Now, in Isaiah vii, 14, the "son of the virgin" is named Emmanuel, and this is translated "God with us." That is also the meaning of the name Jesus, since in Matthew i, 21, the son of Mary receives this name, "that it might be fulfilled which was spoken of the Lord by the prophet, saying. Behold, a virgin shall be with child, and shall bring forth a son, and they shall call his name Emmanuel." In the Septuagint, as we know, Jesus is the Greek form of the Hebrew Jeschua, which in turn is the same as Jehoschua or Joshua. Joshua, however, means something like "Jahveh is salvation," "Jah-Help," and corresponds to the German name "Gotthilf." We read in Matthew: "And she shall bring forth a son, and thou shalt call his name Jesus; for he shall save his people from their sins." The name was fairly common among the Jews, and in this connection it is equivalent among the Hellenistic Jews to the name Jason or Jasios, which again is merely a Greek version of Jesus. How did it come about that the unusual name Emmanuel for the saviour of Israel was displaced by the commoner name Jesus?

Various reasons may be assigned for this. First, the fact that in the name Jesus the symbolic significance of salvation in the spiritual and bodily sense, as Isaiah attributed it to the servant of God, was perceived more clearly, especially among the dispersed Jews. Jaso (from iasthai, to heal) was the name of the daughter of the saver and physician Asclepios. He himself was in many places worshipped under the name of Jason. Thus we read in Strabo that temples and the cult of Jason were spread over the whole of Asia, Media, Colchis, Albania, and Iberia, and that Jason enjoyed divine honours also in Thessaly and on the Corinthian gulf, the cult of Phrixos, the ram or lamb, being associated with his (i, 2, 39). Justin tells us that nearly the whole of the west worshipped Jason and built temples to him (xlii, 3), and this is confirmed by Tacitus {Annals, vi, 34). Jason was also supposed to be the founder of the Lemnic festivity, which was celebrated yearly at the beginning of spring, and was believed to impart immortality to those who shared in it. Jasios (Jasion) was called Asclepios, or the "mediating god" related to him in this respect, and the conductor of souls, Hermes, at Crete and in the famous mysteries of Samothracia, which enjoyed the greatest repute about the beginning of the present era, and were frequented by high and low from all the leading countries. Here again the idea of healing and saving is combined in the name, and would easily lead to the giving of the name to the saviour of the Jewish mystery-cult. Epiphanius (HcBres. c, xxix) clearly perceived this connection when he translated the name Jesus "healer" or "physician" (curator, therapeutes). It is certain that this allusion to the healing activity of the servant of God and his affinity with the widely known Jason contributed not a little to the acceptance of the name of Jesus and to its apparent familiarity in ancient times.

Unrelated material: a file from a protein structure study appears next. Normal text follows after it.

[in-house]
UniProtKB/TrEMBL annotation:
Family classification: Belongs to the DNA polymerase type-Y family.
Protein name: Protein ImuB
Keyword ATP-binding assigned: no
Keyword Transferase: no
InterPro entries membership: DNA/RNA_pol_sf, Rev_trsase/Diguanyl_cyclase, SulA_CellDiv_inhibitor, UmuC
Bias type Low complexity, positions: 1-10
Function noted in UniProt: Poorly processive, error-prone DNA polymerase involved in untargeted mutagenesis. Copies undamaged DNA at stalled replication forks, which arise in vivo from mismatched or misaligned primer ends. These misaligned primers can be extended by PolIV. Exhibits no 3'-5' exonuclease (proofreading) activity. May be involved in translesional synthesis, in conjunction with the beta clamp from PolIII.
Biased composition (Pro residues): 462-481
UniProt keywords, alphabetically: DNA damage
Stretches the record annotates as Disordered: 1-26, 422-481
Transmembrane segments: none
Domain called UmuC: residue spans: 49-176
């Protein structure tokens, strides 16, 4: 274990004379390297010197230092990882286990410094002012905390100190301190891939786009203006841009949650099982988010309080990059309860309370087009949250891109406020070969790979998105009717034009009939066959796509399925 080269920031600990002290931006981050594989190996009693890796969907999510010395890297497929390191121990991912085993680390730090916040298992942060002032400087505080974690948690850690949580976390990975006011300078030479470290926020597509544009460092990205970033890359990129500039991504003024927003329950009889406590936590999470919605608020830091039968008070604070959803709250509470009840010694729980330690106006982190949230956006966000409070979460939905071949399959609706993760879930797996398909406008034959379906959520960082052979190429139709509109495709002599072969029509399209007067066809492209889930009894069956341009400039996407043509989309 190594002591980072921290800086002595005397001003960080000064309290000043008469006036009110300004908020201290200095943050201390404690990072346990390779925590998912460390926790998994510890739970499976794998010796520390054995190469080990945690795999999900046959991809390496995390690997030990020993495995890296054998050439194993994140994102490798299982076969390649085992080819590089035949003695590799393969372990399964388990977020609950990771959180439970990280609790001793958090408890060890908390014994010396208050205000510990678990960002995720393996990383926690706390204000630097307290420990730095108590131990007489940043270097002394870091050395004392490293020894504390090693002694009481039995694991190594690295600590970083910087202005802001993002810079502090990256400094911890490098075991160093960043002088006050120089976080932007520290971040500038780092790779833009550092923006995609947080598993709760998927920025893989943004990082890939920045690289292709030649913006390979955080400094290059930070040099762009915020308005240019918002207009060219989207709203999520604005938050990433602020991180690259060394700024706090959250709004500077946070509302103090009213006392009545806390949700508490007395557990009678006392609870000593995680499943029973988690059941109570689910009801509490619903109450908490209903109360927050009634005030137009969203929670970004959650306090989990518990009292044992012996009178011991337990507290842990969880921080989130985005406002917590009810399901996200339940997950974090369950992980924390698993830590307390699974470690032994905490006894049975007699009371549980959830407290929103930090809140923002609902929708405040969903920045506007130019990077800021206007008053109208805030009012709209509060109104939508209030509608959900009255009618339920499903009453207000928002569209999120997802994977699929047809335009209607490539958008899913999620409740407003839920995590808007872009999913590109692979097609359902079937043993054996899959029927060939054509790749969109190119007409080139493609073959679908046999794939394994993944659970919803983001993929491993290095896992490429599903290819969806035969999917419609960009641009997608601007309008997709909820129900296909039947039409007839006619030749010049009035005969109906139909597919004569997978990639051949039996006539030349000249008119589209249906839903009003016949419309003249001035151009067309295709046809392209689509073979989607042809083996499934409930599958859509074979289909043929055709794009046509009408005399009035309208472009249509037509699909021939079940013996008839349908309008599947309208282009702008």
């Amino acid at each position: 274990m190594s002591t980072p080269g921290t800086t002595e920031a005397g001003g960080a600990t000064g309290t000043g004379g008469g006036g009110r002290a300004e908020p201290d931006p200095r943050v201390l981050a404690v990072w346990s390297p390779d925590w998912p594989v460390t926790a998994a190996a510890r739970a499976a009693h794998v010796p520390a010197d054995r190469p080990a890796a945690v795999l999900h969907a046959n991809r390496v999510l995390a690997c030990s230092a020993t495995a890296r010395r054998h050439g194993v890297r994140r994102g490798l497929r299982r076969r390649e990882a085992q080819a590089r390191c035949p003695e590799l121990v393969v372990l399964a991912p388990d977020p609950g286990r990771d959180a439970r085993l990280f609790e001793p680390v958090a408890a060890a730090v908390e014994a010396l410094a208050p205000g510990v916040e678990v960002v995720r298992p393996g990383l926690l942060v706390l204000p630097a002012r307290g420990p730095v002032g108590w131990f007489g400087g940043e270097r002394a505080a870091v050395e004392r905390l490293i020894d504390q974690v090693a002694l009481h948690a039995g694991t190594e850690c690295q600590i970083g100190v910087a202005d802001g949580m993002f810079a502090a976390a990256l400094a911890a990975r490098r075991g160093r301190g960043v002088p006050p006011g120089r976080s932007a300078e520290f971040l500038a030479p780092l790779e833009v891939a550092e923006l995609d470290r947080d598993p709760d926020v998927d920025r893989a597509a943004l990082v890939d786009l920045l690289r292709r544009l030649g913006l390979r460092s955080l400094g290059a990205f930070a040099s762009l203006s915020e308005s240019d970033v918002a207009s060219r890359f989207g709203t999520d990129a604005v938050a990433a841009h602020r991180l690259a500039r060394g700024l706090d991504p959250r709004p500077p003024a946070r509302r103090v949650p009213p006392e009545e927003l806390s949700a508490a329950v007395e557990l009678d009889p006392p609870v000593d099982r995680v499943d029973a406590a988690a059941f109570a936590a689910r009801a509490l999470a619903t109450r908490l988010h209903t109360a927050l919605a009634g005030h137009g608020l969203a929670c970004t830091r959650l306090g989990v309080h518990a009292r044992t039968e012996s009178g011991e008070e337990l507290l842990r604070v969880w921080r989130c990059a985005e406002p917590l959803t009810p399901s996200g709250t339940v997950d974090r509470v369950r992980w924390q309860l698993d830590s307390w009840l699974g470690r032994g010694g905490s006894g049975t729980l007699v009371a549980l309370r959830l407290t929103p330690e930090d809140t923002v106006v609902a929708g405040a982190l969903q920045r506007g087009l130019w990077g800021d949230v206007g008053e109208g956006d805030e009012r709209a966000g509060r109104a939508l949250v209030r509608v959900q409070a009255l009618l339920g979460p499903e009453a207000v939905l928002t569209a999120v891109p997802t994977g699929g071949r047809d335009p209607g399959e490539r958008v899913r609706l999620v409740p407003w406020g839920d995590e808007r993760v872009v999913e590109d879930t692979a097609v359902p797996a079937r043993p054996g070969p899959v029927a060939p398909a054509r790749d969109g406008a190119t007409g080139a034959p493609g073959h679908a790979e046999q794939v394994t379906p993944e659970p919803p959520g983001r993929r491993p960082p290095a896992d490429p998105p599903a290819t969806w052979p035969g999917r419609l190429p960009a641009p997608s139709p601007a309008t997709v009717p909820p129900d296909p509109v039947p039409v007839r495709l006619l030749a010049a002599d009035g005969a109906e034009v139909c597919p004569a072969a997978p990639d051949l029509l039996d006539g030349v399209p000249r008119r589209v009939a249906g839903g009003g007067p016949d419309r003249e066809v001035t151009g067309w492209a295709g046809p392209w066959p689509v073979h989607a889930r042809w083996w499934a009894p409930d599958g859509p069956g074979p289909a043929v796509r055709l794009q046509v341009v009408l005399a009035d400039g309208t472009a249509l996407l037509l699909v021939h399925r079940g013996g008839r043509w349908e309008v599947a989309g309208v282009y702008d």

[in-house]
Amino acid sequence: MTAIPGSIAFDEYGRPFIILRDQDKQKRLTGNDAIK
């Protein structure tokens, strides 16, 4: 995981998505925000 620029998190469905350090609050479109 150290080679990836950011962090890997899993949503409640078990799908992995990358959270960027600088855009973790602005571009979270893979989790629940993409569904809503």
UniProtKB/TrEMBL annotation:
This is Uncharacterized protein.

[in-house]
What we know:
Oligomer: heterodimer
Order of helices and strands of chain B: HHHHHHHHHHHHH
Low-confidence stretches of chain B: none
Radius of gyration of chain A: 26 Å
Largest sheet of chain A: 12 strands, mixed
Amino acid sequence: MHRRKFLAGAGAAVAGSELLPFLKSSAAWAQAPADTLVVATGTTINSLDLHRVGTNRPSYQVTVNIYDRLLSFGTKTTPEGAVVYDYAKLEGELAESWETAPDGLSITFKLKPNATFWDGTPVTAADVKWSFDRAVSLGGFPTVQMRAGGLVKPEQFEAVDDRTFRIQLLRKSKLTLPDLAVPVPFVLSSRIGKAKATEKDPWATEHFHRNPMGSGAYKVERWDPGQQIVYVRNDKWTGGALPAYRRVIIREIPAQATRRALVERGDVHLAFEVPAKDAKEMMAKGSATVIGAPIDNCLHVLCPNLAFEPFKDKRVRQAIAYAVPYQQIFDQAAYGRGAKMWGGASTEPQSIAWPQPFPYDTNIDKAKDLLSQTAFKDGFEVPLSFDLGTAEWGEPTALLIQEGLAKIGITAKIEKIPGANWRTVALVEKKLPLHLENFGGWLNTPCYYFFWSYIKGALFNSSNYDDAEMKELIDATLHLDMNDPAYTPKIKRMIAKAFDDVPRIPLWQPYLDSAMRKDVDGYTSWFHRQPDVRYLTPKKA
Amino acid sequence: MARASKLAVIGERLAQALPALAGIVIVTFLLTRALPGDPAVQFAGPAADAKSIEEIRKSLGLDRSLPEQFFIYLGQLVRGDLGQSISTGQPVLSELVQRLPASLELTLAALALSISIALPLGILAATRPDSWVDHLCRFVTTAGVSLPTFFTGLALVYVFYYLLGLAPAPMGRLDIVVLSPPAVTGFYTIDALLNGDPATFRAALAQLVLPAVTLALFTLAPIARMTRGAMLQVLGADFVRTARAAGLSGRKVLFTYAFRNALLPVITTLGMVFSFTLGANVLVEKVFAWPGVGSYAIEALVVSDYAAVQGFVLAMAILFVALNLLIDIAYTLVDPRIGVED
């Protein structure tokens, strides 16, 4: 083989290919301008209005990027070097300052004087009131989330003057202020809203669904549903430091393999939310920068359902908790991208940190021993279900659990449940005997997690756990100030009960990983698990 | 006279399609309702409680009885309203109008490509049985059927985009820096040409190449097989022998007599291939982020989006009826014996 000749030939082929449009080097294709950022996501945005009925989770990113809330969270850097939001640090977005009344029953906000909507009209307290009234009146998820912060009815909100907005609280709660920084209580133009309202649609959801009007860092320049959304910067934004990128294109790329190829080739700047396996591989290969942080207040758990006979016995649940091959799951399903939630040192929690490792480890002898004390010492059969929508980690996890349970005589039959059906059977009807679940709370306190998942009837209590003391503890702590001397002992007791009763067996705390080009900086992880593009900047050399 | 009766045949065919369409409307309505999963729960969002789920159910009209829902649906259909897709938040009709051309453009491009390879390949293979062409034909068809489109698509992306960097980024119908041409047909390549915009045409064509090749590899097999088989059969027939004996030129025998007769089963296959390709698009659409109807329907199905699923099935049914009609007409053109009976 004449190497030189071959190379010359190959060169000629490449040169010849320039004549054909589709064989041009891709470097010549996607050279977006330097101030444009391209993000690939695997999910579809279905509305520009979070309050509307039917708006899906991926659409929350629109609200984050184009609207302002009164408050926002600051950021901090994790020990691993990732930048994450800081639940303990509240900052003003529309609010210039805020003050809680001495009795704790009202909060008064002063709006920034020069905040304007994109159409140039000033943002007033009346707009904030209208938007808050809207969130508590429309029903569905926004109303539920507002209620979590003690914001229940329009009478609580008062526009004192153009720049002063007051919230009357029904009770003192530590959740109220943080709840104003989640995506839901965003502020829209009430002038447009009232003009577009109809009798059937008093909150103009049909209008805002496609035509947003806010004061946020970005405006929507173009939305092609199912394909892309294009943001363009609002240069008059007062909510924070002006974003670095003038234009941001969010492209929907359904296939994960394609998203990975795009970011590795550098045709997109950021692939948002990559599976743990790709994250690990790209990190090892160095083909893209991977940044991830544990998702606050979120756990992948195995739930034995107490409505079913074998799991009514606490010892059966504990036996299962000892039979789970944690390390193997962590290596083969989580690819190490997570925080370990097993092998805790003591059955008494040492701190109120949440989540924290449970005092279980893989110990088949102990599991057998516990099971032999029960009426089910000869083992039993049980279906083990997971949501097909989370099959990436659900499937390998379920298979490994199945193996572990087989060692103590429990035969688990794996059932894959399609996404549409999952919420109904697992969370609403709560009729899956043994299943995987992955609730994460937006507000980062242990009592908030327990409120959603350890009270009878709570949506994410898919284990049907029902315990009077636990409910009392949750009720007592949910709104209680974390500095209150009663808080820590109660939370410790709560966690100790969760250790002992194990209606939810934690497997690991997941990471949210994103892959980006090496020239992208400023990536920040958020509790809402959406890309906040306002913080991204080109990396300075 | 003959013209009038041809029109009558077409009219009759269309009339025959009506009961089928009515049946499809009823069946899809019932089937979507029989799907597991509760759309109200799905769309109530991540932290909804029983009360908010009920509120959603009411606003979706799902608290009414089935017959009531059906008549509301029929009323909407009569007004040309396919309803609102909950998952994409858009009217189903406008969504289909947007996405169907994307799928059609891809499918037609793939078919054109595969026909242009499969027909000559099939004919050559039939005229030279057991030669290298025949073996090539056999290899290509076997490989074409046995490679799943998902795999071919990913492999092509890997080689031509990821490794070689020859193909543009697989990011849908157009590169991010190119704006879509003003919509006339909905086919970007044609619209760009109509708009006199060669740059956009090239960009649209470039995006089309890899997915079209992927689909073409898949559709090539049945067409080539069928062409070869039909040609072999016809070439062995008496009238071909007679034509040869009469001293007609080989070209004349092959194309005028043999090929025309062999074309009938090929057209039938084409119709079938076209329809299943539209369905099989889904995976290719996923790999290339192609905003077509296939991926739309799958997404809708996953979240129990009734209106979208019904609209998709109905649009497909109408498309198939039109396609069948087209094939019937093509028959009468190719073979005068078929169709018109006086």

(my bold)
Source: Arthur Drews, Witnesses to the Historicity of Jesus,trans. Joseph McCabe (Chicago: Open Court Publishing, 1912)
Nihil enim in speciem fallacius est quam prava religio. -Liv. xxxix. 16.

Post Reply